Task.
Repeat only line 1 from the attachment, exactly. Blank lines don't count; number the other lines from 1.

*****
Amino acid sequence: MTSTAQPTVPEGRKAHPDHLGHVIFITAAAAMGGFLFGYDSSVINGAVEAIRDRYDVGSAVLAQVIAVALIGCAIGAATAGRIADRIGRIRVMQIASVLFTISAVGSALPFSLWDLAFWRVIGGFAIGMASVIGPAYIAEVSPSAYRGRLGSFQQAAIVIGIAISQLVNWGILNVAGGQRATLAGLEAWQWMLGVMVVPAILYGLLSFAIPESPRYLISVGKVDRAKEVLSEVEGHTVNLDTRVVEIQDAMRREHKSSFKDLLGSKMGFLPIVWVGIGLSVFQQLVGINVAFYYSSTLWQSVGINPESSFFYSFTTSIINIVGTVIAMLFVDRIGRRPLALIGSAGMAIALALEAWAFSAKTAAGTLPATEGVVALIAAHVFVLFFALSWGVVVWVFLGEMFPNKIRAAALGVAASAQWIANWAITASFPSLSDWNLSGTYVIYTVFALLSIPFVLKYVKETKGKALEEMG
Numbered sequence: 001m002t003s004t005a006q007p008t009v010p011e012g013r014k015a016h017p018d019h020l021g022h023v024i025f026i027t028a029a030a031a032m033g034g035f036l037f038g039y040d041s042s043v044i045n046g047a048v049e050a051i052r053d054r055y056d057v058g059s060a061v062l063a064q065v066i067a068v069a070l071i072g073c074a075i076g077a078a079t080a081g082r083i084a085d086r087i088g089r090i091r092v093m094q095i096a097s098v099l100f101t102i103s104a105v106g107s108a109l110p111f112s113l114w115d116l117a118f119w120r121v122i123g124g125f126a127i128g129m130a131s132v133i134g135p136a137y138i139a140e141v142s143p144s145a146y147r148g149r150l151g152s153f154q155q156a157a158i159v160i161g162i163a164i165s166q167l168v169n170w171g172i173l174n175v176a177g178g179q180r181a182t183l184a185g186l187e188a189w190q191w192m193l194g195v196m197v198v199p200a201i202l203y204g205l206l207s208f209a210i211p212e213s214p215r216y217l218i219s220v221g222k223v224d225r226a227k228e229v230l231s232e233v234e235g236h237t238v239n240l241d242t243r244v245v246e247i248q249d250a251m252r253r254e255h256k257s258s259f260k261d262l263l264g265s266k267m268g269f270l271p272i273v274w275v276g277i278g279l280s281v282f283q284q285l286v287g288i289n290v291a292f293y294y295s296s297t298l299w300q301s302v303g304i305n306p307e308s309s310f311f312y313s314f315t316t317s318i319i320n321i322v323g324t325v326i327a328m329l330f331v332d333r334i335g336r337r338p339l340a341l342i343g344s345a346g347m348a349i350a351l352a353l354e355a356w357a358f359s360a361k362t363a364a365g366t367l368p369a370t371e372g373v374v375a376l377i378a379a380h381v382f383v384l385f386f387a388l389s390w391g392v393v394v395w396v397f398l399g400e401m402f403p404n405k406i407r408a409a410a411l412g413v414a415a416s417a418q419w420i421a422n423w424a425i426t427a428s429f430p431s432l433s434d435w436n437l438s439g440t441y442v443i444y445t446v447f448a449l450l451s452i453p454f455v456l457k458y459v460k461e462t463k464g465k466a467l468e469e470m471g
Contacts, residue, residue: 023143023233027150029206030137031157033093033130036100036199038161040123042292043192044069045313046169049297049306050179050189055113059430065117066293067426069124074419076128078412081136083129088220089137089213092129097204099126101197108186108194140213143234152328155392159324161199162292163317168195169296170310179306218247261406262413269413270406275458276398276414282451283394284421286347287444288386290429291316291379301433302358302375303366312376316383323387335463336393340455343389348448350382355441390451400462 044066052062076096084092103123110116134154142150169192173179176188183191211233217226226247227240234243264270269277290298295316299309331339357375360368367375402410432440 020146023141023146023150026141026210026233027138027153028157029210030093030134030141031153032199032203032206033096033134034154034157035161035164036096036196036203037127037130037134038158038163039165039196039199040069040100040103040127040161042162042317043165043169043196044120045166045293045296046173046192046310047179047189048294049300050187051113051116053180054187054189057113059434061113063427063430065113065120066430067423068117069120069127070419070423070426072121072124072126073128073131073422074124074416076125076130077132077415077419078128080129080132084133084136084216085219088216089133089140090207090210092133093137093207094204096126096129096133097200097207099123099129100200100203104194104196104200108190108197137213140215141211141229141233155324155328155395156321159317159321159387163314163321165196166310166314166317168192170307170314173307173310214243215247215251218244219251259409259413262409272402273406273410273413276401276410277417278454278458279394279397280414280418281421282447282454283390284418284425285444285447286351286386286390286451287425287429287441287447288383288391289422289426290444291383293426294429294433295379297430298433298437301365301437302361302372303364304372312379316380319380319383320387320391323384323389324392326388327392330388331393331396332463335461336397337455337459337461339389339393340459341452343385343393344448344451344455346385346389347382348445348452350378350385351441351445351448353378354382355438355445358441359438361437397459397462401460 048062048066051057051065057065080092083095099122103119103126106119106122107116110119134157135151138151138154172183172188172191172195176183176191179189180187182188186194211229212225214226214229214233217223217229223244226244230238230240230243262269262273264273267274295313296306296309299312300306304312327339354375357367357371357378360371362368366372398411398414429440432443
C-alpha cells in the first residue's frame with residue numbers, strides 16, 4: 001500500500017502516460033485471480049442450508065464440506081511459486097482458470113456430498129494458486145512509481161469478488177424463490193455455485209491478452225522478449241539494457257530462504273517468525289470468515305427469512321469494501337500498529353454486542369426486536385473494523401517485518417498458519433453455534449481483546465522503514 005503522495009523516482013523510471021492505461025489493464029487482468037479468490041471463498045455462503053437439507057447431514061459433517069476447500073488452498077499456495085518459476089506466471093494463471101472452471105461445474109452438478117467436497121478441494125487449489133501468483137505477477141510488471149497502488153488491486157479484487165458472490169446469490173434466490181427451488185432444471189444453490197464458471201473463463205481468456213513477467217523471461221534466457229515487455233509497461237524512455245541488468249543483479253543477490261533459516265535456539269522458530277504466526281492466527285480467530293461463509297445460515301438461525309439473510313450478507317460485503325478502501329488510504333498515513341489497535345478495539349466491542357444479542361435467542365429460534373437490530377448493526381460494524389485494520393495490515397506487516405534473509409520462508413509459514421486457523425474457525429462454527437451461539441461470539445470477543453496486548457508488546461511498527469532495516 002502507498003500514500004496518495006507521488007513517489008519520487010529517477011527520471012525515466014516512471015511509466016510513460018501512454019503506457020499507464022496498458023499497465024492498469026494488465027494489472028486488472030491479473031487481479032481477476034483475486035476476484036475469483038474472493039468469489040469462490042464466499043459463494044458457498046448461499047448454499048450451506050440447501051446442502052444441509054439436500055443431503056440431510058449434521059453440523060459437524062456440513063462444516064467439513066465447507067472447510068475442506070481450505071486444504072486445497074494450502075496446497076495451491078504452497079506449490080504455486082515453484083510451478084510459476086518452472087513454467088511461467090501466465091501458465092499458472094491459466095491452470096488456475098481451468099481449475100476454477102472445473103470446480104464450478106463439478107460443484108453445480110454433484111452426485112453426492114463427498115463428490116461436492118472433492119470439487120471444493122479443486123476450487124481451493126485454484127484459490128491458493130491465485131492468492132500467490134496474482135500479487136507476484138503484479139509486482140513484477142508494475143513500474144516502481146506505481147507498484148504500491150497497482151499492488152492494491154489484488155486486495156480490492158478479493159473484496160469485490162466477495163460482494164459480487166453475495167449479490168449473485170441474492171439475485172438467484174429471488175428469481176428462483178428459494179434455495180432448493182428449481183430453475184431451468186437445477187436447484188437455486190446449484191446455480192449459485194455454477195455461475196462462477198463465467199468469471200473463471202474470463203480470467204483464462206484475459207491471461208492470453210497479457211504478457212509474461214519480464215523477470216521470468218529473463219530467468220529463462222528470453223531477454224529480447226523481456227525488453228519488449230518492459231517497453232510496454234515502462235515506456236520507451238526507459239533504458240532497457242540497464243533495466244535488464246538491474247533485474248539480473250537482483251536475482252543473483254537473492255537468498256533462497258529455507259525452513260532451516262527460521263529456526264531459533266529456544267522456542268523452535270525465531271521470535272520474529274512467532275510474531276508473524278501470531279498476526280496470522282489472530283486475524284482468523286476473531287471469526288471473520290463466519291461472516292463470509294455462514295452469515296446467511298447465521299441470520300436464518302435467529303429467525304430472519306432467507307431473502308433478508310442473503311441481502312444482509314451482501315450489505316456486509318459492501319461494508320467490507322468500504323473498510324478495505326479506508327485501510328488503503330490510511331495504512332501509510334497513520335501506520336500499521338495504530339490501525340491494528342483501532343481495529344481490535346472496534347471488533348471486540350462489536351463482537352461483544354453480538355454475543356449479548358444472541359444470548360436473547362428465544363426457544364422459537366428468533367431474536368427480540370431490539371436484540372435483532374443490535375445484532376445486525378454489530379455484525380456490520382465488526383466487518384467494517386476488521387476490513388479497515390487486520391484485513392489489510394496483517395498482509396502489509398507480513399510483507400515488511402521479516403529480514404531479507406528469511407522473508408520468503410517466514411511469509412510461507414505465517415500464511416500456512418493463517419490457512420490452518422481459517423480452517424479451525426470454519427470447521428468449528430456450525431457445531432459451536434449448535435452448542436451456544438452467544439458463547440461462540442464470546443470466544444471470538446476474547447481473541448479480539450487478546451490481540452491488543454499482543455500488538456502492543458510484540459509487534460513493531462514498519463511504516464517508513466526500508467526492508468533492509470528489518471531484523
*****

Amino acid sequence: MTSTAQPTVPEGRKAHPDHLGHVIFITAAAAMGGFLFGYDSSVINGAVEAIRDRYDVGSAVLAQVIAVALIGCAIGAATAGRIADRIGRIRVMQIASVLFTISAVGSALPFSLWDLAFWRVIGGFAIGMASVIGPAYIAEVSPSAYRGRLGSFQQAAIVIGIAISQLVNWGILNVAGGQRATLAGLEAWQWMLGVMVVPAILYGLLSFAIPESPRYLISVGKVDRAKEVLSEVEGHTVNLDTRVVEIQDAMRREHKSSFKDLLGSKMGFLPIVWVGIGLSVFQQLVGINVAFYYSSTLWQSVGINPESSFFYSFTTSIINIVGTVIAMLFVDRIGRRPLALIGSAGMAIALALEAWAFSAKTAAGTLPATEGVVALIAAHVFVLFFALSWGVVVWVFLGEMFPNKIRAAALGVAASAQWIANWAITASFPSLSDWNLSGTYVIYTVFALLSIPFVLKYVKETKGKALEEMG